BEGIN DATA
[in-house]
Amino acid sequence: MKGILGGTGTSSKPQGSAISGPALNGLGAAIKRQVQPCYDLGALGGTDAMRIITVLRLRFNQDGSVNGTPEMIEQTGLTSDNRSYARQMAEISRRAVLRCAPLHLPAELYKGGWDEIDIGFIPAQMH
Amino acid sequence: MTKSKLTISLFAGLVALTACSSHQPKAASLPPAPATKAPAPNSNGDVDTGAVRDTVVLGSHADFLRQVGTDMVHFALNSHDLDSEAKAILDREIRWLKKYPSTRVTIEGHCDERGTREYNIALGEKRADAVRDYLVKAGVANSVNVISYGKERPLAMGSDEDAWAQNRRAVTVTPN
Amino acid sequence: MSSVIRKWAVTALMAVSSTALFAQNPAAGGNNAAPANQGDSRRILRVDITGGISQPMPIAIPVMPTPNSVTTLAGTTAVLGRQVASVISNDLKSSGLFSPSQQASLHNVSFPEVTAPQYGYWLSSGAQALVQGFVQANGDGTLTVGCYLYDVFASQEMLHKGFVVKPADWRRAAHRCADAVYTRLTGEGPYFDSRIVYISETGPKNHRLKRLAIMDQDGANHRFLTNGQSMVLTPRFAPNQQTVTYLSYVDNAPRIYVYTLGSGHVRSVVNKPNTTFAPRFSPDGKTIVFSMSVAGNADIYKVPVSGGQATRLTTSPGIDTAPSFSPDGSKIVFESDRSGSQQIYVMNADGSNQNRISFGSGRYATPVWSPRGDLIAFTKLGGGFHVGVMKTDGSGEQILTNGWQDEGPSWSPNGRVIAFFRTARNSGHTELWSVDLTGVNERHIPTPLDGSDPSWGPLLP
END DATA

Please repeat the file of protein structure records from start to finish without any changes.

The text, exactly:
[in-house]
Amino acid sequence: MKGILGGTGTSSKPQGSAISGPALNGLGAAIKRQVQPCYDLGALGGTDAMRIITVLRLRFNQDGSVNGTPEMIEQTGLTSDNRSYARQMAEISRRAVLRCAPLHLPAELYKGGWDEIDIGFIPAQMH
Amino acid sequence: MTKSKLTISLFAGLVALTACSSHQPKAASLPPAPATKAPAPNSNGDVDTGAVRDTVVLGSHADFLRQVGTDMVHFALNSHDLDSEAKAILDREIRWLKKYPSTRVTIEGHCDERGTREYNIALGEKRADAVRDYLVKAGVANSVNVISYGKERPLAMGSDEDAWAQNRRAVTVTPN
Amino acid sequence: MSSVIRKWAVTALMAVSSTALFAQNPAAGGNNAAPANQGDSRRILRVDITGGISQPMPIAIPVMPTPNSVTTLAGTTAVLGRQVASVISNDLKSSGLFSPSQQASLHNVSFPEVTAPQYGYWLSSGAQALVQGFVQANGDGTLTVGCYLYDVFASQEMLHKGFVVKPADWRRAAHRCADAVYTRLTGEGPYFDSRIVYISETGPKNHRLKRLAIMDQDGANHRFLTNGQSMVLTPRFAPNQQTVTYLSYVDNAPRIYVYTLGSGHVRSVVNKPNTTFAPRFSPDGKTIVFSMSVAGNADIYKVPVSGGQATRLTTSPGIDTAPSFSPDGSKIVFESDRSGSQQIYVMNADGSNQNRISFGSGRYATPVWSPRGDLIAFTKLGGGFHVGVMKTDGSGEQILTNGWQDEGPSWSPNGRVIAFFRTARNSGHTELWSVDLTGVNERHIPTPLDGSDPSWGPLLP